Investigating the Cataclysmic Mislabeling of CBD Dosage
As we discussed in last week’s article, the decision by the World Anti-Doping Agency (WADA) to remove CBD from the Prohibited Substances List will have ramifications for every major sport organization in the country and in the world.The NBA has already taken this one step further and discussed becoming the first major sports organization to allow cannabis use for its players. The UFC has recently published a Q&A that describe the changes ensuing from the WADA revision. And we’re certain that as time goes on more success stories will emerge from the medicinal use of CBD.
However, the self-regulation of products has created some concerns that athletes who express an interest in starting to use CBD should be aware of.Even though THC has been shown to contribute meaningfully to the medicinal activity of cannabis extracts1, it remains prohibited by WADA for athletes in-competition.Since THC is still a prohibited substance, athletes using these products could be disqualified from competing if they test positive for its presence. Since THC can be detected in the body days and even weeks after consumption, it’s imperative that athletes only consume CBD products that are completely clear of its psychoactive cousin. However, that may be more challenging than it appears.
It turns out that not all CBD products do a great job of purifying the THC out of their extracts. A recent study by the Journal of the American Medical Association (JAMA) found THC (up to 6.43 mg/mL) in more than 20% of CBD products marketed online2. To confirm these findings, the U-Penn-led group identified and analyzed 84 unique products from 31 companies available for online retail purchase that included CBD content on their packaging (identically-formulated products that were packaged differently by the same brand were excluded).That concentration is shockingly high for products that are purportedly THC-free, and is certain to cause users to test positive even weeks after their use.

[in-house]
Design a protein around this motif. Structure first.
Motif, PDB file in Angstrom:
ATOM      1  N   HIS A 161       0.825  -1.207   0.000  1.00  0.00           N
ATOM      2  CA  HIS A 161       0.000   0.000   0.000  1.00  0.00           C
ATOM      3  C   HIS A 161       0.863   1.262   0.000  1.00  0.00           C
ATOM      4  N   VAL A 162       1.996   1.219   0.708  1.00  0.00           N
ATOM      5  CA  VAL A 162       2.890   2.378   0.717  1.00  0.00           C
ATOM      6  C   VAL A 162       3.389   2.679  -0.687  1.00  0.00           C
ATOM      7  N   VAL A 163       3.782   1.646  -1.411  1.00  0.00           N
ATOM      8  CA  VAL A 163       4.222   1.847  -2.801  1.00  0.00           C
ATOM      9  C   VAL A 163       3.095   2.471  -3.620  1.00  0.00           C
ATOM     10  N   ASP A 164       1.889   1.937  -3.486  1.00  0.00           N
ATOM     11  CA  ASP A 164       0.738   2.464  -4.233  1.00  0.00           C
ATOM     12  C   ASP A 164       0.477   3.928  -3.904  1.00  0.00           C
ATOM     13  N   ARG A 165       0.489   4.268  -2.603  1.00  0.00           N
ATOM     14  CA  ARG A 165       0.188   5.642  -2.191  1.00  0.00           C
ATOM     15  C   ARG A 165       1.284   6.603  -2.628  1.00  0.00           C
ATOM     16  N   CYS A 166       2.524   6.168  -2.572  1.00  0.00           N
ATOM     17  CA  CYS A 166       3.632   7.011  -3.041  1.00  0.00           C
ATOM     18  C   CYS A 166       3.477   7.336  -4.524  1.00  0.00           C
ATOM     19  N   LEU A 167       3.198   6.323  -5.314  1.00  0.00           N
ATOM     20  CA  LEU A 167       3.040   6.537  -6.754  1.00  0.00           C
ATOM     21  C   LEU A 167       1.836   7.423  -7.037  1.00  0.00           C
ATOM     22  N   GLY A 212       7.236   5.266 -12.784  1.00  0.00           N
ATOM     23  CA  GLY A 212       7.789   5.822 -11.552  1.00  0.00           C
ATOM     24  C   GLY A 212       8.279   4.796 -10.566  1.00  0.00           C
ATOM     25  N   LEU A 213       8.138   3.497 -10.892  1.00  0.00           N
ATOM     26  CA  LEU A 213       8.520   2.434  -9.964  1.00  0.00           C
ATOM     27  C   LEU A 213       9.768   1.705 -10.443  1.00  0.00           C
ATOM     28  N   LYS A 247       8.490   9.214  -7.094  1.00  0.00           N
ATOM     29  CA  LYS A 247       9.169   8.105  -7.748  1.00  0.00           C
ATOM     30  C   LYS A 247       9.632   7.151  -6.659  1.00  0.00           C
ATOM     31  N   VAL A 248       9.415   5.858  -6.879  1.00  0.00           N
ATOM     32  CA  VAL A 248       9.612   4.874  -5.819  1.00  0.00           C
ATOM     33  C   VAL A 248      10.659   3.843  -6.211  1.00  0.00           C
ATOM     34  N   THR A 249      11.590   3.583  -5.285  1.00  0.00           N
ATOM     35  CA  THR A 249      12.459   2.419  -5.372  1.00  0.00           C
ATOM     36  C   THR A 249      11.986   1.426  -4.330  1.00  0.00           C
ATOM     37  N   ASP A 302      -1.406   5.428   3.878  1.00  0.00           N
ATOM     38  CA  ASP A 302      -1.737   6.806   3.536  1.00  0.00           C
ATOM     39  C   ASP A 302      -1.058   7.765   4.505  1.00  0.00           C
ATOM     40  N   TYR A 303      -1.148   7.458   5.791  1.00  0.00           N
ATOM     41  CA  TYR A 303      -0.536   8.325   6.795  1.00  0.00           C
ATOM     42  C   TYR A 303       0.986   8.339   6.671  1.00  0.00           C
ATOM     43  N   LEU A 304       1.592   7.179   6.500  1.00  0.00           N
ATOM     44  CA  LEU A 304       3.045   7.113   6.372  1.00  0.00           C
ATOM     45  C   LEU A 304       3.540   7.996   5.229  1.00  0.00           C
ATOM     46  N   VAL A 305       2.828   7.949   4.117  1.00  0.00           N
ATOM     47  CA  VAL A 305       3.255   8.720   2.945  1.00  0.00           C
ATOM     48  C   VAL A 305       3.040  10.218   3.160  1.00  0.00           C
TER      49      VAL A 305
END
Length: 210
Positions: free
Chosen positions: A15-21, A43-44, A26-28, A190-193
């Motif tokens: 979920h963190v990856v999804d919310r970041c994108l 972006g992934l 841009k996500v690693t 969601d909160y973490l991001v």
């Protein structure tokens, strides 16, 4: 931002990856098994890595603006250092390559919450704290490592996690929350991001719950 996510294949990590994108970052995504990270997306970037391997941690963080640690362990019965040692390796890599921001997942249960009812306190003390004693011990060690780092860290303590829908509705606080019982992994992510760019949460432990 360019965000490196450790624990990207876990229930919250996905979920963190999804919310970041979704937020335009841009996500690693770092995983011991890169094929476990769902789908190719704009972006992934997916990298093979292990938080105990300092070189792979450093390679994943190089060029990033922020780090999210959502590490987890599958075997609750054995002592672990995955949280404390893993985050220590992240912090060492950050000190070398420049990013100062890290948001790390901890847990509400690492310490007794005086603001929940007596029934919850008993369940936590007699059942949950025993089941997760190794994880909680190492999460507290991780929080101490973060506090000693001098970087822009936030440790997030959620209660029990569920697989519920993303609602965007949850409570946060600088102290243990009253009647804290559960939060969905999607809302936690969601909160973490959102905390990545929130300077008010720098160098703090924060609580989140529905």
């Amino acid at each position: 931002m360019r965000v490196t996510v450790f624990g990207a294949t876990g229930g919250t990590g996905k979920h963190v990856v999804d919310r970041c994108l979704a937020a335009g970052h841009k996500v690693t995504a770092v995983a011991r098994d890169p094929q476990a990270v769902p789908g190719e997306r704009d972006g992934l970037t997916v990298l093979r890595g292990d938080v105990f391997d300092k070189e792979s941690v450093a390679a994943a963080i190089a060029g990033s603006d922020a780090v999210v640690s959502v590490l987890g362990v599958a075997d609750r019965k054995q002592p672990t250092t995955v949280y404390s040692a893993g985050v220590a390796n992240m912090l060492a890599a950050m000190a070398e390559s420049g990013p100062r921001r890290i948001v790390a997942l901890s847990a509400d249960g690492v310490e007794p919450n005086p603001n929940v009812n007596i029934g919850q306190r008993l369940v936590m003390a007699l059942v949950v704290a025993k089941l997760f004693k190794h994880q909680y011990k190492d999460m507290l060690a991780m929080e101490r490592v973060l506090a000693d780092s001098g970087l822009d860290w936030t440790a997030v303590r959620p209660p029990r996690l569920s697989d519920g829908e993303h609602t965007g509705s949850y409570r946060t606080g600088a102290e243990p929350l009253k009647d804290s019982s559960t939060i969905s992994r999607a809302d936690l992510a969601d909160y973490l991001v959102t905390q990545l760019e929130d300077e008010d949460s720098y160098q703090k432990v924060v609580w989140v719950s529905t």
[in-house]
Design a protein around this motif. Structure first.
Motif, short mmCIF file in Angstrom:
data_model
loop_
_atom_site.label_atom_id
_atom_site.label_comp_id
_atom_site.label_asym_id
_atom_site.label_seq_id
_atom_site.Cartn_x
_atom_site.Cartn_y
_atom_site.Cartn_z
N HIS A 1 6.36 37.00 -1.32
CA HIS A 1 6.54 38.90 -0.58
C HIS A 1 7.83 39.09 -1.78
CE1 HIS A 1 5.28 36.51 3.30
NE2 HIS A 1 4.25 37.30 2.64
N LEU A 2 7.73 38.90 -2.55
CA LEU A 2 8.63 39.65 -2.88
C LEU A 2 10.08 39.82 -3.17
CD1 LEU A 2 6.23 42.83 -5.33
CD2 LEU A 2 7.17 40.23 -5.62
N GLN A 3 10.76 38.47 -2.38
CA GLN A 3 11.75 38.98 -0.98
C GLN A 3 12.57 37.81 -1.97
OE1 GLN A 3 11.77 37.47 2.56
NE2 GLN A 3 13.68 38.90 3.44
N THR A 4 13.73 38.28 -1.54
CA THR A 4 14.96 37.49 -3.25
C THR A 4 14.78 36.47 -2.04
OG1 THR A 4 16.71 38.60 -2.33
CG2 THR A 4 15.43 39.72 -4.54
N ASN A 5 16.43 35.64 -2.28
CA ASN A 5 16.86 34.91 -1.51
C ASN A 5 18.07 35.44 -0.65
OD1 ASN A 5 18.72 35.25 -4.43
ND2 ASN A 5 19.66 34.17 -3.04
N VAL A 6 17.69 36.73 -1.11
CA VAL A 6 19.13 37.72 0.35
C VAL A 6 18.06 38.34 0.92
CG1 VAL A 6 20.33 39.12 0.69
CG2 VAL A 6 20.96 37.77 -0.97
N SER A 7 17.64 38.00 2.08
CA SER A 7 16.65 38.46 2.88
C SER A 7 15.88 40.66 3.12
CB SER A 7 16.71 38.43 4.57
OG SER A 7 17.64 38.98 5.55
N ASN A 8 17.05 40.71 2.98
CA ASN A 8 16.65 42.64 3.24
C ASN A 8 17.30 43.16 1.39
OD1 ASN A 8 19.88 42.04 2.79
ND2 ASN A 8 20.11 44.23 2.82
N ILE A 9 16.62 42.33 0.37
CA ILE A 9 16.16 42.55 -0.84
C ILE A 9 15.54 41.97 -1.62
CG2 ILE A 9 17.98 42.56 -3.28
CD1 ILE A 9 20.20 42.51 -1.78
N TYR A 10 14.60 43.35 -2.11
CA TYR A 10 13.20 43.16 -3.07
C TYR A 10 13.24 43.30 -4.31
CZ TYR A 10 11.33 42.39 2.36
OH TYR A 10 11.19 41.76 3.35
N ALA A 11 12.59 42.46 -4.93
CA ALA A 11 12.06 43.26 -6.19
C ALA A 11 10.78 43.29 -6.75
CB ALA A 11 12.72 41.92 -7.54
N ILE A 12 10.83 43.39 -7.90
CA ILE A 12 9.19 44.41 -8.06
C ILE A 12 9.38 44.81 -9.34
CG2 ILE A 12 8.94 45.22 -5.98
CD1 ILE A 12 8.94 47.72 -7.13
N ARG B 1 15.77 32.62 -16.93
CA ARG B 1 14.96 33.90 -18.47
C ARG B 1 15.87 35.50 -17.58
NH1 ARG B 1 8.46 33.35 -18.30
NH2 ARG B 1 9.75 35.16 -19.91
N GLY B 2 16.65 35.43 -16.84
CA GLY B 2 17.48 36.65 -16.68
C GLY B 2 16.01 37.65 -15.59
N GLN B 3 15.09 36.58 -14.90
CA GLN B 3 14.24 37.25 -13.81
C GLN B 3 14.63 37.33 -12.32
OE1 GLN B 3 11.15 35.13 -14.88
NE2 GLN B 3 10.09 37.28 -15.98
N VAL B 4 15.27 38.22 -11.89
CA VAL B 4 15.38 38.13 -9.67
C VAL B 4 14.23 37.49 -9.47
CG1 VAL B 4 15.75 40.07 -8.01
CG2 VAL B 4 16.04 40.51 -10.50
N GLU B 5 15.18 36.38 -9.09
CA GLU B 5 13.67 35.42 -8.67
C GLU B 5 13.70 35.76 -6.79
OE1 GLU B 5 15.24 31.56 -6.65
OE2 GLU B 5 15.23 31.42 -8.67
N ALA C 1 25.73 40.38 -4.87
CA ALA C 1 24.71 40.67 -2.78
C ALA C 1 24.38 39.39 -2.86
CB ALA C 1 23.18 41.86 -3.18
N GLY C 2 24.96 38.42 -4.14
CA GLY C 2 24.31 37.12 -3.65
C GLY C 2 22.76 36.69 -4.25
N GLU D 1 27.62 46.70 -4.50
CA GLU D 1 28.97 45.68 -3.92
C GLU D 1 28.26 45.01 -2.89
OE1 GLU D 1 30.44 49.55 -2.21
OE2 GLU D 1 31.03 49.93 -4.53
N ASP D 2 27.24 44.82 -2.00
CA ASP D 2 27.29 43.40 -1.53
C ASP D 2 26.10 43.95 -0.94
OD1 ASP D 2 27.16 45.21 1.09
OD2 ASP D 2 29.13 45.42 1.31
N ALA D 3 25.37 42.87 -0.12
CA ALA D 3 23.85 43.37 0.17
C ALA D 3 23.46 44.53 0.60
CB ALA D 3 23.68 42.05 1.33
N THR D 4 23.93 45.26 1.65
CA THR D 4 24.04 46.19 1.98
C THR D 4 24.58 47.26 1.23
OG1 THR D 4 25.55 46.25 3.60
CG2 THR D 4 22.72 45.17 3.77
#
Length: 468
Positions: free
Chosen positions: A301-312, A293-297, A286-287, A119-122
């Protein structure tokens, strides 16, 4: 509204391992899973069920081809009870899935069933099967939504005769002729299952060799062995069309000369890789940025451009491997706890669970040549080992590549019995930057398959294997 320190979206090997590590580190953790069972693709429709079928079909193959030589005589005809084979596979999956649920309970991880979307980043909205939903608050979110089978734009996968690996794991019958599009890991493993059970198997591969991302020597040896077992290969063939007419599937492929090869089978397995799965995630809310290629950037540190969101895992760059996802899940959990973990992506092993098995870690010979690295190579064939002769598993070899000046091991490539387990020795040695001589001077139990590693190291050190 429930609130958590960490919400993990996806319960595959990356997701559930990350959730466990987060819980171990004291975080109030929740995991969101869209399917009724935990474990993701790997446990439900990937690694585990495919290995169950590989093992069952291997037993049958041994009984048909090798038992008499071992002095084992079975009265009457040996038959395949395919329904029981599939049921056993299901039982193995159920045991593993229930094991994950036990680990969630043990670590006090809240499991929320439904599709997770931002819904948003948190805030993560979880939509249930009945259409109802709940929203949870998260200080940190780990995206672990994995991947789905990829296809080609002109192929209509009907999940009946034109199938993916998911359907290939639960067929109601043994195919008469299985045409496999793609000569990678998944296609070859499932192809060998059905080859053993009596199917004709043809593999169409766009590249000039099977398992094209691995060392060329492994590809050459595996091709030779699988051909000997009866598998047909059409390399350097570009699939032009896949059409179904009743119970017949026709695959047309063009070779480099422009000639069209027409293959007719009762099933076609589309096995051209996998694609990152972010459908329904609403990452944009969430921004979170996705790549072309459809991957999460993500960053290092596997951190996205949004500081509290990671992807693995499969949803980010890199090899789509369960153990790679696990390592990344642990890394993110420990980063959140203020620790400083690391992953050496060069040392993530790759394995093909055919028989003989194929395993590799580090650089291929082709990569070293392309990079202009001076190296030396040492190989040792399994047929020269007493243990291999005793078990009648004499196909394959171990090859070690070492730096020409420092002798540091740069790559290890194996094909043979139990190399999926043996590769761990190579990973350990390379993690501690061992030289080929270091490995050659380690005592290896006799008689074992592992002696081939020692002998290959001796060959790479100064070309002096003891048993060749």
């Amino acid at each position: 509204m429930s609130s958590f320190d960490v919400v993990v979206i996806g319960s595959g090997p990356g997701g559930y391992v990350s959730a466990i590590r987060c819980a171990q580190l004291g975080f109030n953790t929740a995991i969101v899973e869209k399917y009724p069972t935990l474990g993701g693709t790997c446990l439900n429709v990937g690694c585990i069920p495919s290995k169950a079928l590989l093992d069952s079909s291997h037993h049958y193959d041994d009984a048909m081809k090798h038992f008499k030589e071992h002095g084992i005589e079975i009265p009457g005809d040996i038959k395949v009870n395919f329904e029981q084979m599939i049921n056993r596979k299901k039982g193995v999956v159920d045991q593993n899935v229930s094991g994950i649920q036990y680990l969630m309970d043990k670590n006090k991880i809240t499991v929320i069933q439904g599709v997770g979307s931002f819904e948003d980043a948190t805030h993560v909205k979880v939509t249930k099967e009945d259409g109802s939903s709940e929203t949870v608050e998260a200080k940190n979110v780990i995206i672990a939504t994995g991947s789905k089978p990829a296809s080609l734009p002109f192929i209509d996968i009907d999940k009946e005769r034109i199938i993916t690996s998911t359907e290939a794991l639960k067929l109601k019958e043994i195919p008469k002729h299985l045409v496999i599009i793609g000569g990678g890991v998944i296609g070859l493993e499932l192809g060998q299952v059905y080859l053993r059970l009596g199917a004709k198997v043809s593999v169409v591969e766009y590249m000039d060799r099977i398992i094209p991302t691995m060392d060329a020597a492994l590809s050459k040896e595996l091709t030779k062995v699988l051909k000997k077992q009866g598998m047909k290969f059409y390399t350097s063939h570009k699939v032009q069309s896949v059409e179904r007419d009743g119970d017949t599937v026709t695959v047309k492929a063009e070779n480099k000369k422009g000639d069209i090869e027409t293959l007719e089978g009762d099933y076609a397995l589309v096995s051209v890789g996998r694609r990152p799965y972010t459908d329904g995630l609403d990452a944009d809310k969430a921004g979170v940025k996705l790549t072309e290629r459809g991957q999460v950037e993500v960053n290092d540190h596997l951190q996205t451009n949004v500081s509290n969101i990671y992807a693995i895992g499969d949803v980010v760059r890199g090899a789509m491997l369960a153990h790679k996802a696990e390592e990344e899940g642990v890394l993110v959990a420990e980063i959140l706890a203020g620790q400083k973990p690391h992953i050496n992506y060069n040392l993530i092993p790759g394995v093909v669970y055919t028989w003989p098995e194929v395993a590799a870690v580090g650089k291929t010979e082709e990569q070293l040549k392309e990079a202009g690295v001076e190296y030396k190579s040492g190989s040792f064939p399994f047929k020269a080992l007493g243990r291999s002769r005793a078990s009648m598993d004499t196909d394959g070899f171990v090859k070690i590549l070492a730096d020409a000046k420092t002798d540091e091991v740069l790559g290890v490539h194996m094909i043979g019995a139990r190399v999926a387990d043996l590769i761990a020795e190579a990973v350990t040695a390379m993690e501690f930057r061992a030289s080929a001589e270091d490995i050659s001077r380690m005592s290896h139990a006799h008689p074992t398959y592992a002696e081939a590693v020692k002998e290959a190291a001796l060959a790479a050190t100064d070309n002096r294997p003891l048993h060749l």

“The actual CBD content in many overlabeled products was so low, it was essentially zero.”
Besides finding THC in a considerable number of the products, the deviation in actual CBD concentration from that reported on the labels was nothing less than catastrophic. Even allowing a ±10% variance in product labeling (i.e. cannabinoid content accurately labeled = 90%-110%, underlabeled >110%, and overlabeled <90%), only twenty-six (31%) of the tested products were labeled correctly. Of the 58 mislabeled products, 43% were underlabeled (more CBD than reported) and 26% were overlabeled. Accuracy of labeling seemed to vary by product type. Vaporization liquids, with an almost 90% mislabel rate, were the least accurate, followed by tinctures (75% mislabeled), and ending with CBD oil (55% mislabeled). It’s noteworthy that the actual CBD content in many overlabeledproducts was so low, it wasessentially zero (negligible or less than 1%). Notably, this gross mislabeling is similar in magnitude to levels that triggered warning letters to 14 businesses in 2015-2016 from the FDA.
It’s important to note that the results of this study reinforce results by a previous product labeling accuracy study of cannabinoid (THC) content in edible medical cannabis products3. The earlier study similarly found that only 17% (N=75) of edibles purchased at medicinal cannabis stores accurately reported their THC content on the labels.These dosage deviations represent an outstanding safety concern, as a regulatory system that ensures accurate reporting and dosing does not yet exist for CBD.
So, what’s left to do? First of all, don’t buy CBD online. The FDA does not approve adding CBD to food or dietary supplements. Section 301(ll) of the Federal Food, Drugs, and Cosmetics (FD&C) Act prohibits “the introduction… into interstate commerce any food to which has been added… a drug or a biological product for which substantial clinical investigations have been instituted…”4 So buying CBD products online is already a grey area, and there isn’t enough transparency in the distribution process to know what product you will receive.
Second, do some research on the company you want to buy CBD from. Is the CBD from cannabis or hemp? Do they have a GMP and ISO certification? Are their products made with isolate or whole extract? Finally, make sure to only buy CBD products from reputable sources. Check with your dispensary or health store to make sure the CBD has been tested for THC and for accurate dosing. Don’t be shy asking to see the test yourself; a reputable company will have no problem presenting one to you.
For several reasons, from pain relief to anti inflammation and anxiety, athletes all over the world want to medicate with CBD instead of traditional pharmaceuticals. Even though the CBD industry still has challenges to overcome, the fact that WADA has reclassified it to allow athletes access to its therapeutic roots is a big win.
- Russo E, Guy GW. A tale of two cannabinoids: the therapeutic rationale for combining tetrahydrocannabinol and cannabidiol. Med Hypotheses 2006;66(2):234-46.DOI:10.1016/j.mehy.2005.08.026.
- Bonn-Miller et al. Labeling Accuracy of Cannabidiol Extracts Sold Online. JAMA 2017;318(17):1708–1709. DOI: 10.1001/jama.2017.11909.
- Vandrey et al.Cannabinoid dose and label accuracy in edible medical cannabis products. JAMA 2015;313(24):2491-2493. DOI: 10.1001/jama.2015.6613.
- FD&C Act § 301(ll), 21 U.S.C. § 331(ll)